Written by Jon Haggins
Photos by Laurel Van Horn
Langkawi is a magical destination, known as the Jewel of Kedah on the Northwest corner of Malaysia, near the border of Thailand. It lies approximately 31 miles west of the state of Kedah in the turquoise Andaman Sea. It’s the largest archipelago of a cluster of ninety-nine islands separated from the mainland of Malaysia by the Straits of Malacca.
The interior of the main island is a mixture of picturesque paddy fields and dense jungle. On July 15, 2008, Sultan Abdul Halim of Kedah consented to change the name to Langkawi Permata Kedah, in conjunction with his Golden Jubilee Celebration. Langkawi is also an administrative district with Kuah as its largest town. Langkawi is also a duty free island. Langkawi means reddish brown eagle in colloquial Malay. The Malay word for eagle is helang, which is shortened to “lang”. Kawi means the color reddish brown.
On June 1, 2007, Langkawi Island was given a World Geopark status by UNESCO. Three of the main conservation areas in Langkawi Geopark are Machincang Cambrian Geoforest Park, Kilim Karst Geoforest Park and Dayang Bunting Marble Geoforest Park (Island of the Pregnant Maiden Lake).
One of my favorite things to do is island hop. There are a number of charter boats for excursions to cruise from one intriguing island to another. We visited Pulau Dayang Bunting Marble Park where we climbed up to a freshwater lake surrounded by lush green mountains to cool off. Then we boarded our boat and headed to Pulau Singa Besar beach where we swam in the sea and picnicked on the beach. There is always something to discover on each island. The Kilim Geoforest Park is lined with verdant mountains and the river is filled with yachts. I was told that “Anna and the King” was filmed there. Then we were off to see the lush mangrove vegetation along the river. (The King and I, from which the movie was taken, is now playing at Lincoln Center. Story in Editor’s Note.)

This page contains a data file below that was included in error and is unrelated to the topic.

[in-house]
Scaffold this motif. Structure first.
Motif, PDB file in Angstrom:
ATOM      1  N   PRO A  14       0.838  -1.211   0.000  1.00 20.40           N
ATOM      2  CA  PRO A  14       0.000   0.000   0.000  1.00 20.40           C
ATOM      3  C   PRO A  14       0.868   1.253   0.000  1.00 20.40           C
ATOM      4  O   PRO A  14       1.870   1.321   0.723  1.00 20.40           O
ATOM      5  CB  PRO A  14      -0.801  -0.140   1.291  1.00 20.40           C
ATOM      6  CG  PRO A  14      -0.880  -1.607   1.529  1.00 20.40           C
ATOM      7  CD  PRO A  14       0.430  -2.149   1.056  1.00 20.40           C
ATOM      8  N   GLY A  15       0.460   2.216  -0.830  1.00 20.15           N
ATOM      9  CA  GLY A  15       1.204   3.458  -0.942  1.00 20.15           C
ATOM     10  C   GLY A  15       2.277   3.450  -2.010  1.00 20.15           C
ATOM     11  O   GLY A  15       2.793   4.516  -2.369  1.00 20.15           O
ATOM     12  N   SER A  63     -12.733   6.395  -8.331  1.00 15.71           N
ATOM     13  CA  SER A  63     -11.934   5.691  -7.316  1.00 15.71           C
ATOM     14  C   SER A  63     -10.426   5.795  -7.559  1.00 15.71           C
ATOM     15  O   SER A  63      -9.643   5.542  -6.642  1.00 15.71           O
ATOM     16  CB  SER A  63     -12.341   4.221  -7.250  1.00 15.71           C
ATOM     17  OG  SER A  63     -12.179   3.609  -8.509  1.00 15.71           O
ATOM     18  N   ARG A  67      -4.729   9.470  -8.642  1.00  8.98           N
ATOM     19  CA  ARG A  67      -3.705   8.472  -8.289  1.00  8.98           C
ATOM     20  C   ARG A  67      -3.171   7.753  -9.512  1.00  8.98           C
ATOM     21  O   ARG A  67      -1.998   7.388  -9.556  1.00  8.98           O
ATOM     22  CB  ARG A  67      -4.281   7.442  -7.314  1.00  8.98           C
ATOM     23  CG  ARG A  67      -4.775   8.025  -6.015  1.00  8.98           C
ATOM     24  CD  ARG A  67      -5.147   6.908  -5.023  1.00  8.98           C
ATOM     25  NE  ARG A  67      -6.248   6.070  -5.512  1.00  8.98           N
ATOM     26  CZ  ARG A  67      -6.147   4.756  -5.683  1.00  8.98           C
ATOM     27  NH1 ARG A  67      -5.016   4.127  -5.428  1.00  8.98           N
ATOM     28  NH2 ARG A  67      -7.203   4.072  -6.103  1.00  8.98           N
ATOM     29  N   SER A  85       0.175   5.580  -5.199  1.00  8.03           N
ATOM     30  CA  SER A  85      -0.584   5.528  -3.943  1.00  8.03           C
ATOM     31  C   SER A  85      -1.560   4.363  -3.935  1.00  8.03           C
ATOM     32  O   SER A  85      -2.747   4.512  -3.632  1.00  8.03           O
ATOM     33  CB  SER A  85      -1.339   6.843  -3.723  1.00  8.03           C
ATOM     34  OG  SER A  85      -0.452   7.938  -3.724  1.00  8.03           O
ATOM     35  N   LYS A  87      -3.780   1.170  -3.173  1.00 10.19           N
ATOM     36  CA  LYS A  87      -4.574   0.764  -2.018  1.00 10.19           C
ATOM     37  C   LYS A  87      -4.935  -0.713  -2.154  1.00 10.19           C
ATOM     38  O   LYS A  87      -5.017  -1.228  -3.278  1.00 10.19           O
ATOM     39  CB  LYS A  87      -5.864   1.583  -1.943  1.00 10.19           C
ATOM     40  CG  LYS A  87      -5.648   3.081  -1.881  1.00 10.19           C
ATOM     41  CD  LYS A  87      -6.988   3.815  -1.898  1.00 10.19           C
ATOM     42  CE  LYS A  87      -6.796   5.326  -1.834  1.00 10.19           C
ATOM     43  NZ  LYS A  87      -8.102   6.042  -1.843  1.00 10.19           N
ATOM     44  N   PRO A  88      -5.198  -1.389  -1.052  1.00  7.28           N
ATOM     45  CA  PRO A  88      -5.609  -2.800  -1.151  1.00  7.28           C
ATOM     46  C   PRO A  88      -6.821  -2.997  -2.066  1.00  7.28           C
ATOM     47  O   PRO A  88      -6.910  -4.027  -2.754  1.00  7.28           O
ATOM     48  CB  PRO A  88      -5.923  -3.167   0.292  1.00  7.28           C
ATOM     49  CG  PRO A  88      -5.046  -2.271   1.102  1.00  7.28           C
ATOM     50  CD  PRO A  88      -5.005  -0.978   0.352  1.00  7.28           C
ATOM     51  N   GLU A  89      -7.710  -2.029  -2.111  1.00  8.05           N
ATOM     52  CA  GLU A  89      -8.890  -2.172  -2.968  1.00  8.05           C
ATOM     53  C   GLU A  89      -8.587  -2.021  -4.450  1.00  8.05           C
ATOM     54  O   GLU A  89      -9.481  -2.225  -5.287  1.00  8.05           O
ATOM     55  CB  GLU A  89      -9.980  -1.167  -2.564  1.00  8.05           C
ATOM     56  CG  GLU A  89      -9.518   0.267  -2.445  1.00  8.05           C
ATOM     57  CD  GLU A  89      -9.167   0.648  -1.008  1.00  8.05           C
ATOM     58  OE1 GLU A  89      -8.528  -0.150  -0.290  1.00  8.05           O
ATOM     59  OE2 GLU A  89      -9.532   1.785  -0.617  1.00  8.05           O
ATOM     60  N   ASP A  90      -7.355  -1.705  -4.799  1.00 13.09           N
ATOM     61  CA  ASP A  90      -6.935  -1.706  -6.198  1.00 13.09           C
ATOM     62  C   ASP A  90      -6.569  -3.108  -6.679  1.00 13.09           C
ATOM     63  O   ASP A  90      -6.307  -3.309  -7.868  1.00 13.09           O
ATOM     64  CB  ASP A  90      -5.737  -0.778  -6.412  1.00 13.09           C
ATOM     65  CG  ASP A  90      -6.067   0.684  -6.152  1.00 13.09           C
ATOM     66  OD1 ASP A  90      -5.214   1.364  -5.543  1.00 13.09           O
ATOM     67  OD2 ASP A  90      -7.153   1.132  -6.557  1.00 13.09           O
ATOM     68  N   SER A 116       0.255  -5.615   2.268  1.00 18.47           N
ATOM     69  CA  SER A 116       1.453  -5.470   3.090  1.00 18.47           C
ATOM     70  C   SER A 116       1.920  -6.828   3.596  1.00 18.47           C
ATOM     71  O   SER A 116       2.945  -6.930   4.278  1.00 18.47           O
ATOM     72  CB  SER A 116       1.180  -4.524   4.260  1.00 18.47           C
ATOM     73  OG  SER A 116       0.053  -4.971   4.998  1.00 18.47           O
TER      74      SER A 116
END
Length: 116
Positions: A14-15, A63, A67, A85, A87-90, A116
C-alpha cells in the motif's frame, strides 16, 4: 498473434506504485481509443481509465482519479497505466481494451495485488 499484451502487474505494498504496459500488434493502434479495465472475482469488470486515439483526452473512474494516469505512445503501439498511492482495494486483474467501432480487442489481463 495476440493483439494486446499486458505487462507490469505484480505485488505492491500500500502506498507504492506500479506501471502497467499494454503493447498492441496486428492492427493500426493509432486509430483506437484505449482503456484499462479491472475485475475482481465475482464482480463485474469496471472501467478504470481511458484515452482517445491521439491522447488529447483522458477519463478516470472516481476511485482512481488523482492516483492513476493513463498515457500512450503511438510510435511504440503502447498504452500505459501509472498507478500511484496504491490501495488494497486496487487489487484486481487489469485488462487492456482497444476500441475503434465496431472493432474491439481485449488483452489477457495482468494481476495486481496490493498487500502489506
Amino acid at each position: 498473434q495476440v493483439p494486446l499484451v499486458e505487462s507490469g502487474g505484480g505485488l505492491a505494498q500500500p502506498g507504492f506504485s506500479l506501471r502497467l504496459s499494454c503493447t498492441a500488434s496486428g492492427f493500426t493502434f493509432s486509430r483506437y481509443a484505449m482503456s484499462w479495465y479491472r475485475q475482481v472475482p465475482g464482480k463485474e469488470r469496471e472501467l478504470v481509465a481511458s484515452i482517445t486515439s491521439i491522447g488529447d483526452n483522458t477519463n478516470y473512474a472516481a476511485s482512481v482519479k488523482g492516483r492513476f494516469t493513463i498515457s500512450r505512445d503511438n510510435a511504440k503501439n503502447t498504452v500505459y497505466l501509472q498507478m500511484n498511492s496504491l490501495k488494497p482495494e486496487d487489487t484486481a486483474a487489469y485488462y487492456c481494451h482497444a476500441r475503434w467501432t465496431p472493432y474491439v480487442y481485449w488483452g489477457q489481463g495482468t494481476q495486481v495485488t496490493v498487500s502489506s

The area consists of three interconnected estuaries that stretch from the Kisap Village to Tanjung Rhu. The estuaries are filled with rich wildlife, such as hairy nosed sea otters, brown winged kingfishers, monitor lizards and swimming macaque monkeys. Within the vast mangroves are cave systems winding through the inherently porous limestone.
One of Langkawi’s natural beauty spots is the Pirate Lagoon. Technically the lagoon is a collapsed cave consisting of an entrance from the sea, emerging into a hidden area with a towering limestone plateau and smaller caves. It is also a natural habitat for many species of birds.
Langkawi’s rugged, unspoiled beauty and local legends offer an irresistible combination of cultural and natural attractions. It’s an ideal place to discover great dancing, food and snorkeling.
Mount Mat Cinchang has the world’s highest cable car ride where one can get the best view of Thailand and the surrounding islands. Another spectacular highlight of the island is Langkawi Sky Bridge, located at the top of the mountain. It’s a 410 foot long, curved pedestrian walkway that wraps around the mountain.
Langkawi is an island for romance, adventure, or just lying back and relaxing. Berjaya Hotel and Resort is a habitat of monkeys and sits in the middle of a forest of trees and plants. The resort offers chalets that sit over the Andaman Sea where the lullaby of the waves is hypnotizing. The interiors are well appointed with magnificent views of the sea. Now, what could be more romantic than that?
The craft market offers opportunities to create fine Batik. Guests are allowed to take their masterpieces with them as a great remembrance.
The Westin Langkawi Beach and Spa Resort Hotel held a dinner on the beach with entertainment, great cuisine and a spectacular view of the colorful sunset. The hotel has a spa where one can simply relax. Just hearing the word Langkawi automatically conjures up relaxation. Just imagine Louis Armstrong singing, “What a Wonderful World”.
Langkawi is filled with numerous restaurants and bars for evening entertainment; several host live music and a beautiful setting to watch the sunset. There is an endless stretch of white sand beaches that are framed by tall coconut trees, ubiquitous to the island.
The Pantai Chenang Night Market is where everyone goes to shop for gifts and meet the locals. I discovered a fish massage, where you place your feet in a tank of water and small fish eat away all the dead skin. It’s a tickling sensation and a very unique experience.
The Oriental Village is a large shopping mall where a typical Malaysian dinner with a traditional folkloric show was featured on my last evening as a reminder of how beautiful Malaysia is. What I love most about Malaysia is the people. They are warm, welcoming and friendly and a mosaic of different cultures and people.
I can’t wait to return to discover more of Malaysia. Malaysia is truly a colorful and culturally inspiring destination.